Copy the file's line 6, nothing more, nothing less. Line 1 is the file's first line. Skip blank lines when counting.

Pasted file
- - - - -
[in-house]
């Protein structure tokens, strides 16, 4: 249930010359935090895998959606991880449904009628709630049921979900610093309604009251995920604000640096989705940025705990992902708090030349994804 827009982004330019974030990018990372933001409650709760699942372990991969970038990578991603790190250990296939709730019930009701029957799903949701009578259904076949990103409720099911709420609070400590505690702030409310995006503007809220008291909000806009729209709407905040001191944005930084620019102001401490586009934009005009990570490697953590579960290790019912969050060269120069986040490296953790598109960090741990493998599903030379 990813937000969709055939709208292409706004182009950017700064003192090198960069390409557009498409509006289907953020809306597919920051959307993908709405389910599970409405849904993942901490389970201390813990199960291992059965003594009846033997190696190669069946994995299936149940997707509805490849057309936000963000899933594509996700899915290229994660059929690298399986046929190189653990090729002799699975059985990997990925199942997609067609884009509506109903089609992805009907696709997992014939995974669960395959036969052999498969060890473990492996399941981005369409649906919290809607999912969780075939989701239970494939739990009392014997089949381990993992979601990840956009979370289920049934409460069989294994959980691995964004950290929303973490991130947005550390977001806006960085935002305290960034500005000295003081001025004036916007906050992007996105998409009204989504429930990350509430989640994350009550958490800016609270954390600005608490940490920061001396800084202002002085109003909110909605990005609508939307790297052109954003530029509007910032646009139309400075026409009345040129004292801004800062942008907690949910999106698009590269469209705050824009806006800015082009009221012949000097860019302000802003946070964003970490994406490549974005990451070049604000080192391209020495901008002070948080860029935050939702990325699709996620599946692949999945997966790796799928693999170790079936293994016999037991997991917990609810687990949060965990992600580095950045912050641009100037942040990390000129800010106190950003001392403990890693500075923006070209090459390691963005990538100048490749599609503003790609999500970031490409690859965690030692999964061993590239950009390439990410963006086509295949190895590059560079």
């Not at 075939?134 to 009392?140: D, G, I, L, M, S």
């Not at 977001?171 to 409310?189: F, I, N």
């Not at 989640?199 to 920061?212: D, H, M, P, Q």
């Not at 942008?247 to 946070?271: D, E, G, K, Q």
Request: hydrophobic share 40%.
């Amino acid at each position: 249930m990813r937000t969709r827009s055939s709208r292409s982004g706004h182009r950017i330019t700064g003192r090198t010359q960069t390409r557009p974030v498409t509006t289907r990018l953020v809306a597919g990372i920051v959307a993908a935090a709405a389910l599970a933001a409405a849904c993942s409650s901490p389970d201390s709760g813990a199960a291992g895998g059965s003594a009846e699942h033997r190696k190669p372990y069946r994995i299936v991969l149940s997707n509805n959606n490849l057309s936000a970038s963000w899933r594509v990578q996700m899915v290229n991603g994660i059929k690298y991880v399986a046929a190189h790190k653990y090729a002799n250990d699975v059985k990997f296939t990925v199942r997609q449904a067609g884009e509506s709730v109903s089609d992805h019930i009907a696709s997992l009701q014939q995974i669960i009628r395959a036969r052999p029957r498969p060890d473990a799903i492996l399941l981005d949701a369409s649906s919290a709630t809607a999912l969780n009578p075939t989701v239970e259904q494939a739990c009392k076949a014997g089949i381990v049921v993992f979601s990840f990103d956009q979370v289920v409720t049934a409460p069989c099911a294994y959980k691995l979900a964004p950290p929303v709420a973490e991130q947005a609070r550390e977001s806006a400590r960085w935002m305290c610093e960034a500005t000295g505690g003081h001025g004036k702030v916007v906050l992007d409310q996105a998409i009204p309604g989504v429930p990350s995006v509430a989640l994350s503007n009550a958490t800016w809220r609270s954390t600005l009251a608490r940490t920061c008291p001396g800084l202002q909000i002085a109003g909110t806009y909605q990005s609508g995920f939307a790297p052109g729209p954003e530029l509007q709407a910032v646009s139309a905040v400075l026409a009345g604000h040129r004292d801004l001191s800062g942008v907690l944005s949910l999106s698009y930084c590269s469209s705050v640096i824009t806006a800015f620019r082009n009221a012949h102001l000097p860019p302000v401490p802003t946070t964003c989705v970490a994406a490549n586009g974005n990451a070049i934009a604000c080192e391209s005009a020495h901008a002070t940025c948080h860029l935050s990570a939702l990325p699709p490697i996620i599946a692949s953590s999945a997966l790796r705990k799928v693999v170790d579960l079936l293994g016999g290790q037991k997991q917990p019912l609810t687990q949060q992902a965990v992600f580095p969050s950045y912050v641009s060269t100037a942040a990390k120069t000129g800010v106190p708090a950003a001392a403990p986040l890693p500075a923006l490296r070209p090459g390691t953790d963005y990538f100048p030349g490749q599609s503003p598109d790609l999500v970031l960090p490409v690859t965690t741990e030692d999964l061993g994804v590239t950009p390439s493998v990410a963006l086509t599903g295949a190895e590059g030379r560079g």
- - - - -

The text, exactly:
């Not at 942008?247 to 946070?271: D, E, G, K, Q």